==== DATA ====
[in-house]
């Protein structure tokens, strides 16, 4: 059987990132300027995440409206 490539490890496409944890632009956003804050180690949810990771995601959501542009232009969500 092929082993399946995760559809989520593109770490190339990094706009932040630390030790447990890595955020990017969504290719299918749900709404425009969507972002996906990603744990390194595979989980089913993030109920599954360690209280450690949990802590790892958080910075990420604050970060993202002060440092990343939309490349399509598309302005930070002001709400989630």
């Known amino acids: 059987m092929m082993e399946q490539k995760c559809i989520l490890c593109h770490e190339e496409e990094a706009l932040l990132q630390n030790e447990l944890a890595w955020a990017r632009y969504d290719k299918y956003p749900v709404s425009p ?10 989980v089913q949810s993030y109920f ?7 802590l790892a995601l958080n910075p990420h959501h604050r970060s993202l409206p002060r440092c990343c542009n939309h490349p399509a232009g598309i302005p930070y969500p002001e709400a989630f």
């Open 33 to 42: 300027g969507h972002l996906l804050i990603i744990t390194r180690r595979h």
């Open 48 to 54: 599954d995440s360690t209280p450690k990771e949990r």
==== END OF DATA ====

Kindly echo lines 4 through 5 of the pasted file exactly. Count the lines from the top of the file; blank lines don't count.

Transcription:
């Open 33 to 42: 300027g969507h972002l996906l804050i990603i744990t390194r180690r595979h």
């Open 48 to 54: 599954d995440s360690t209280p450690k990771e949990r």